Thursday, 26 February 2015

Airstream Baking

Sometimes it just doesn't make sense to 'pop out' for bread, especially if we're staying miles away from the nearest shop and the cost of fuel consumed would be more than the bread itself. One winter, when we knew we wouldn't be moving for a while, we bought a bread machine and got into the habit of making our own bread that way (but the machine is a bit of kit you can easily do without when moving around more and being conscious of the trailer's weight and having to pack up and batten down). The result is a bit of a bread hybrid though. It comes out a funny shape, a bit inconsistent in texture and with a hole where the dough hook was. But, If we make sure that we always have flour, bicarbonate of soda, salt, milk and lemon juice (for making fake buttermilk), I can knock up some soda bread with very little effort, should the need arise.

Baking in the Airstream is something that we both enjoy but it can be a bit messy. Which is one of the reasons why we don't do that much of it. There just isn't the space for flicking flour around. Well, to be accurate, there is just the right amount of space for covering everything in flour and gloops of dough. The limited amount of horizontal surfaces means that ingredients inevitably become airborne. My previous attempt at soda bread turned into a huge mass that grew and spread in the oven with a will of its own. This week's one is simpler in its ingredients, which I also scaled down, and the result was perfectly manageable, although I'm not sure if I was supposed to be so coated in sticky dough at the end. Homemade soda bread is irresistible while it's still warm. This time we had a good old go at spoiling our dinner by filling up on it generously spread with our favourite Danish lightly salted butter and some blackcurrant conserve.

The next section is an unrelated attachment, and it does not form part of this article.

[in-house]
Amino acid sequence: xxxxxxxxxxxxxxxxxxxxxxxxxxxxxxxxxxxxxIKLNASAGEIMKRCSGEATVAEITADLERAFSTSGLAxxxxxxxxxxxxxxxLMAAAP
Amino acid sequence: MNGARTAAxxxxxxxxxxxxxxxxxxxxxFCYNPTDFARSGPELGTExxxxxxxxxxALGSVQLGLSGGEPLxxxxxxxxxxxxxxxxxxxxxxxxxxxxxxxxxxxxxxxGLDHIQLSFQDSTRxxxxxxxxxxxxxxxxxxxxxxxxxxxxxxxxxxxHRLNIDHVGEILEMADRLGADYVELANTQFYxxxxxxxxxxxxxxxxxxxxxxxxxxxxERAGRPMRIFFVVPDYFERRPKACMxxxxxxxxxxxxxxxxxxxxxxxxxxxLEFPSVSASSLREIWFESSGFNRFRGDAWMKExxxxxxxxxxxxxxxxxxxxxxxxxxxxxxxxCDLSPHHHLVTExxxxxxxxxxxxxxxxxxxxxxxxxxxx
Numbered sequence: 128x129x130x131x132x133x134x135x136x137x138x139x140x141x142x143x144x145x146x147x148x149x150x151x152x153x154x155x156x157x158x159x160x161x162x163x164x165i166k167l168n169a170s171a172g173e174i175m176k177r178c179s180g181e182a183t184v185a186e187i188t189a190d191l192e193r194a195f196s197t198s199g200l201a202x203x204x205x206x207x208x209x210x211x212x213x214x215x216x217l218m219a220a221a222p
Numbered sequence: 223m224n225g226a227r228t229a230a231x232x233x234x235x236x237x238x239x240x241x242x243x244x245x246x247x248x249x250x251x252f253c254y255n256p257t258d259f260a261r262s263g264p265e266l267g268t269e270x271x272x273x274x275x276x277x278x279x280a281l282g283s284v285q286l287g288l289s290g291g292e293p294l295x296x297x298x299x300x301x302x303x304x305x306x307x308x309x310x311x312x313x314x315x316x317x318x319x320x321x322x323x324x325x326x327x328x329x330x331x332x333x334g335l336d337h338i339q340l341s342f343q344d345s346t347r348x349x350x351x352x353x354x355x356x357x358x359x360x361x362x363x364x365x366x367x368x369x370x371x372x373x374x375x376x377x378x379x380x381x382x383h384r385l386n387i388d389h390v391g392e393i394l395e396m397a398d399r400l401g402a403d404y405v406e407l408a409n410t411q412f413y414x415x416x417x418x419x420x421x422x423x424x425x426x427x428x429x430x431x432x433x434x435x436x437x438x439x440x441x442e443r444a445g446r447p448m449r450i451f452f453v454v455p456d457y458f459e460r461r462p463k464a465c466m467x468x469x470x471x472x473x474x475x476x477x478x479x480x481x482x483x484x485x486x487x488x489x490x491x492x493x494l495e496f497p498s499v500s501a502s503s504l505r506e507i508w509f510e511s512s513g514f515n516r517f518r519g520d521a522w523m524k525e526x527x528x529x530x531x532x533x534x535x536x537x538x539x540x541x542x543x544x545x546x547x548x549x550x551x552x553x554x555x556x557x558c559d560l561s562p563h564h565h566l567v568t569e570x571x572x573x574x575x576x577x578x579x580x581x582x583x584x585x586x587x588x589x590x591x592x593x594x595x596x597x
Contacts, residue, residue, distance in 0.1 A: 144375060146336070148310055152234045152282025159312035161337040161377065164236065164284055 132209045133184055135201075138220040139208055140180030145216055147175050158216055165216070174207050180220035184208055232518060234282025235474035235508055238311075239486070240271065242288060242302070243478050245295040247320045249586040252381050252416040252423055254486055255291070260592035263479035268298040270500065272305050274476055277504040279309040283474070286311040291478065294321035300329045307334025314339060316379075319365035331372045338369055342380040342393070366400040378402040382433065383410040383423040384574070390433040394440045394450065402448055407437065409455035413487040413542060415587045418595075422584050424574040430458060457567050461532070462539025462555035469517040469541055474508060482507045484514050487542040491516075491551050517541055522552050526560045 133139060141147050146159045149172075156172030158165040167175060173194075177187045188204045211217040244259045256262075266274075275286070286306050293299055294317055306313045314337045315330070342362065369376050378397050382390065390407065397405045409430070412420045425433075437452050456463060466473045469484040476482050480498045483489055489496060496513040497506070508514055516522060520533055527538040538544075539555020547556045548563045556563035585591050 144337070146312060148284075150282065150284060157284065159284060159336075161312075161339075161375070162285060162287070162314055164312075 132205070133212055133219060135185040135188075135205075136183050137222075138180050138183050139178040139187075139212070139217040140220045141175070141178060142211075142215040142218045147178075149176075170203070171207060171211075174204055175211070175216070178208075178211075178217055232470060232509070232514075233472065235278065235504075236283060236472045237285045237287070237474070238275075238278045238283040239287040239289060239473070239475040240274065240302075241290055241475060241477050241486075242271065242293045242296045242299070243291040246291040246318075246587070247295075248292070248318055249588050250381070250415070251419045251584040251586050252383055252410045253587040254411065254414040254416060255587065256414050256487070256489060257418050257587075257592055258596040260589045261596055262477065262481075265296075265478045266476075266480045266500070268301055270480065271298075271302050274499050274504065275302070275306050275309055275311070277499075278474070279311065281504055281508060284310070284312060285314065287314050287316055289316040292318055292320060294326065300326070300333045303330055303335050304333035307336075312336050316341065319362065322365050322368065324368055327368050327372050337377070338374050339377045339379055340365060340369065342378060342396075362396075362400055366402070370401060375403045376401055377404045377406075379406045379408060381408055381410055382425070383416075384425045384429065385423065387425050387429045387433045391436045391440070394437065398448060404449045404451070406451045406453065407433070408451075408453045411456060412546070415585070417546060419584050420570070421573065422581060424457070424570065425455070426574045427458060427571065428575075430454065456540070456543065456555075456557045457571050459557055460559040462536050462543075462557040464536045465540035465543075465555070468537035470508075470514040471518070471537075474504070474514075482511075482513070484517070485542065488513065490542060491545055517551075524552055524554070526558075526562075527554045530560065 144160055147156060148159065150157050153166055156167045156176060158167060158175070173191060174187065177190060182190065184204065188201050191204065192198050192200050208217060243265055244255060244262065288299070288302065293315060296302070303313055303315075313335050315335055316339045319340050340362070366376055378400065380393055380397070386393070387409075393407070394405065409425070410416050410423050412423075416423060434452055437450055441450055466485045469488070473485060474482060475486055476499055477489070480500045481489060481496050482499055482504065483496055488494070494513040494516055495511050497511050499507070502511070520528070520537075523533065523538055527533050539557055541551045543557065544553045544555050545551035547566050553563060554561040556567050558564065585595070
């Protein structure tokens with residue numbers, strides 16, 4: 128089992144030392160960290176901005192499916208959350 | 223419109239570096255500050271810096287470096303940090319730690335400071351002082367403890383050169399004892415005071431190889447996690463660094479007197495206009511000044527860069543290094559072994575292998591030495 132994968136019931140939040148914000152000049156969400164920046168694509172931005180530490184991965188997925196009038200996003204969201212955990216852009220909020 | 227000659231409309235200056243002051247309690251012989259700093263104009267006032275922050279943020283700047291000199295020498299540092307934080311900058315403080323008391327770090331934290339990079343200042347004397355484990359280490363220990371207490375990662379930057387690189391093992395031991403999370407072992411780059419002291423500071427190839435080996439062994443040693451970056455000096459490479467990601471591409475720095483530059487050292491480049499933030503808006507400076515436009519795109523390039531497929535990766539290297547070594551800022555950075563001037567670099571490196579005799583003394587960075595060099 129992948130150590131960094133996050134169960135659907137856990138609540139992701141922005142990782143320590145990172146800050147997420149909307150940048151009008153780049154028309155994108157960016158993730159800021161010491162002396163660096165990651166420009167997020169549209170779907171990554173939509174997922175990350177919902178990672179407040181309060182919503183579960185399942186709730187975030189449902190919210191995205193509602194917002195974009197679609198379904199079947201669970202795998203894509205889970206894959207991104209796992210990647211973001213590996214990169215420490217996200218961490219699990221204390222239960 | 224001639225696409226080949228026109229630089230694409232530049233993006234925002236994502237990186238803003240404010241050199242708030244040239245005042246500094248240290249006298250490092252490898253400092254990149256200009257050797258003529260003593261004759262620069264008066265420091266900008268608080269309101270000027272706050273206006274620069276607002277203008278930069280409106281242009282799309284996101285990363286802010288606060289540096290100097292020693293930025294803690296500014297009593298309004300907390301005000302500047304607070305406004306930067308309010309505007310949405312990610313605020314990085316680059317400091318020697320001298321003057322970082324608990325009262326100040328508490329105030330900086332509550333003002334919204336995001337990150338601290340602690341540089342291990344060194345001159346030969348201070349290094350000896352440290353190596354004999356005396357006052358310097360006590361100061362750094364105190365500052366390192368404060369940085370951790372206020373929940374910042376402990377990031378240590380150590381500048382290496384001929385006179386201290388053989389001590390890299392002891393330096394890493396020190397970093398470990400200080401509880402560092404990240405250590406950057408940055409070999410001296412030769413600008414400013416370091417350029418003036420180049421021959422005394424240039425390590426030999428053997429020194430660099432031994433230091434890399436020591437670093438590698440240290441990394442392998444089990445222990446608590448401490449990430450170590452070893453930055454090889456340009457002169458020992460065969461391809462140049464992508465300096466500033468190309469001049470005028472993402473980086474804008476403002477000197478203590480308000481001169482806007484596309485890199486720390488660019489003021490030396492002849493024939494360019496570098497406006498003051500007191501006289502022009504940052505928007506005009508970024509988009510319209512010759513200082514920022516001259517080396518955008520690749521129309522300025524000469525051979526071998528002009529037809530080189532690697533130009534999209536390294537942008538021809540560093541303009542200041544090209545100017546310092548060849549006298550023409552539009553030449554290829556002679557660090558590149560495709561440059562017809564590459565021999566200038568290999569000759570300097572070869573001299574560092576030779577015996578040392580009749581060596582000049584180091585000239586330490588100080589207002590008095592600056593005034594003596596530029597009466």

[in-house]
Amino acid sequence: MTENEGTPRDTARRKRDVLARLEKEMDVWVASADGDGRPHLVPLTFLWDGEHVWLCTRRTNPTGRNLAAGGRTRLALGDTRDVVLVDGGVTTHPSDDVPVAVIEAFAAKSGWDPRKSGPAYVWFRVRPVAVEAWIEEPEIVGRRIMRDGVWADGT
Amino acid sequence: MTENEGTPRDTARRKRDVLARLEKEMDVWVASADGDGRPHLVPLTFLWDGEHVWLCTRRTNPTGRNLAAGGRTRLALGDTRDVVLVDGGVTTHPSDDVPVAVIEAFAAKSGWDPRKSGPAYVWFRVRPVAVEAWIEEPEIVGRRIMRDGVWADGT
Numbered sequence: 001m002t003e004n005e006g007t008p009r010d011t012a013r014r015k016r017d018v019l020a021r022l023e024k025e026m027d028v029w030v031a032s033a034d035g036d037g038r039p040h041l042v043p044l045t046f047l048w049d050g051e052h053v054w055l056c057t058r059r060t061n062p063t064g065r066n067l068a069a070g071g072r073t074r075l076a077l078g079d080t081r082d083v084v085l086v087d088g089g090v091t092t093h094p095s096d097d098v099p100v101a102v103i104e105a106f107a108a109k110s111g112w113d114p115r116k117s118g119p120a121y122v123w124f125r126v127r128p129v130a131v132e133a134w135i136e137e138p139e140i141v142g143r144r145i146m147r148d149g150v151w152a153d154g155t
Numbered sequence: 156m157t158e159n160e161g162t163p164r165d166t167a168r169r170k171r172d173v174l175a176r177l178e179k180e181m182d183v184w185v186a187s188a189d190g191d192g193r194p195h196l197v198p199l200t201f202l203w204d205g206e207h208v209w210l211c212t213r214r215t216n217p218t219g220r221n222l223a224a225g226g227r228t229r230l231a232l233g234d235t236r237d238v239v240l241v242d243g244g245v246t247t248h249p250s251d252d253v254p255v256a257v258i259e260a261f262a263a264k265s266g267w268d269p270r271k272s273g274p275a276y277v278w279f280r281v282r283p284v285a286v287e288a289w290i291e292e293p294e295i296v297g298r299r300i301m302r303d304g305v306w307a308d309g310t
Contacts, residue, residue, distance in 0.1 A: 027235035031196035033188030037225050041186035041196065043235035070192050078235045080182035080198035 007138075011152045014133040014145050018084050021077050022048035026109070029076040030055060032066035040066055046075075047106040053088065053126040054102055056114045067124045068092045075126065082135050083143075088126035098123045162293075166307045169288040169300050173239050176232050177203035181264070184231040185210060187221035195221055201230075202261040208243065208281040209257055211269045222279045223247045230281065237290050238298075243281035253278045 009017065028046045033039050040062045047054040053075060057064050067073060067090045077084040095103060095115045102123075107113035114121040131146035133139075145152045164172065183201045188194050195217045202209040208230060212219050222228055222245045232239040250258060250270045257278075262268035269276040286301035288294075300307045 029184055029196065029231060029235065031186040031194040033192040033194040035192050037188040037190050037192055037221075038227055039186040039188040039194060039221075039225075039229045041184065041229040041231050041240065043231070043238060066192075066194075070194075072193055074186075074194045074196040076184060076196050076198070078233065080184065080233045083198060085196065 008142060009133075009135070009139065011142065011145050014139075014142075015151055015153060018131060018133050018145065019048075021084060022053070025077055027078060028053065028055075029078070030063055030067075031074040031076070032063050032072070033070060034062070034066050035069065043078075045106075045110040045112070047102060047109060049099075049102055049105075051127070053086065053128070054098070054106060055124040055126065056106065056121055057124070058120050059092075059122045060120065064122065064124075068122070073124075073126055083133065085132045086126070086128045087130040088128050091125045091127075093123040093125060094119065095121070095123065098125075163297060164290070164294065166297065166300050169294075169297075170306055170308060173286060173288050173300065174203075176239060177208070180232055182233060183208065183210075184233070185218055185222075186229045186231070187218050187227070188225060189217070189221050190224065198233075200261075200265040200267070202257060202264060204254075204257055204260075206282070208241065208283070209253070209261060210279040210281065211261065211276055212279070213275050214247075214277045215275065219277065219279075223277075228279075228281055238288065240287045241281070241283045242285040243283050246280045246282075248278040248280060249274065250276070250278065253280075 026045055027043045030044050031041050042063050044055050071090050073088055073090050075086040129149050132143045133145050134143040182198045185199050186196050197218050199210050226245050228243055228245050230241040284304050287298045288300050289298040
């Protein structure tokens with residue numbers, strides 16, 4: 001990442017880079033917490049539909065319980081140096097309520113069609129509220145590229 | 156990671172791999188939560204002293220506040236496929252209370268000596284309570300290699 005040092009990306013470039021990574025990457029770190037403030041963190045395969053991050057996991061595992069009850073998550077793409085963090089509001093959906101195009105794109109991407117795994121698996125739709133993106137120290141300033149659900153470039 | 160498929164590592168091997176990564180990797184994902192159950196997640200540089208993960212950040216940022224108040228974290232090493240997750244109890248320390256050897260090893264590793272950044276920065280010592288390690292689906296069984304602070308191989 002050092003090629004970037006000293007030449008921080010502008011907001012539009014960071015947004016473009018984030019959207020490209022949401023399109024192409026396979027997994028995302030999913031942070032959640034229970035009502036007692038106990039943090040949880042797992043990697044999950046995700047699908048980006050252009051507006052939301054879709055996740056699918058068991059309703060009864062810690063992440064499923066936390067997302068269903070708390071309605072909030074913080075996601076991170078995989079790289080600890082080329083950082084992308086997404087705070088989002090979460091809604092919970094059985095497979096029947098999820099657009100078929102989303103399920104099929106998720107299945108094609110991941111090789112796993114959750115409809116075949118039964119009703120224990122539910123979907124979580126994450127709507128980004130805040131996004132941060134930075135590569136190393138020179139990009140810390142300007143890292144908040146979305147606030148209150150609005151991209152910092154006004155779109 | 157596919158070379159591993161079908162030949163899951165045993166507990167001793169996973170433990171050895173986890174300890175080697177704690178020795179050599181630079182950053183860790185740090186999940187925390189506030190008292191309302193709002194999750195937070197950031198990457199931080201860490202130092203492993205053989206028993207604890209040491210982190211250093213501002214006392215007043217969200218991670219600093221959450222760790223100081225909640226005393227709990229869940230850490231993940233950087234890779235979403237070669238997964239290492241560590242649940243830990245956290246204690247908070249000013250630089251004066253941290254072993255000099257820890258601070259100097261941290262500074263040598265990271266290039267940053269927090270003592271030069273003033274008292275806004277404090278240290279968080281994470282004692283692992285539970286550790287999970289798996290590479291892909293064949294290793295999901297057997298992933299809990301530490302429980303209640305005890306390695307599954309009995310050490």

So, yum, and obviously infinitely better than a tasteless, squidgy, sliced, brick-shaped lump of disappointment from the petrol station. Plus, you get the added frisson of that ridiculous, self-satisfied feeling that goes with making something yourself instead of buying it. That never gets tired.

I followed Paul Hollywood's recipe here and reduced everything by a third (or near enough, you try measuring two thirds of a teaspoon of bicarb!).

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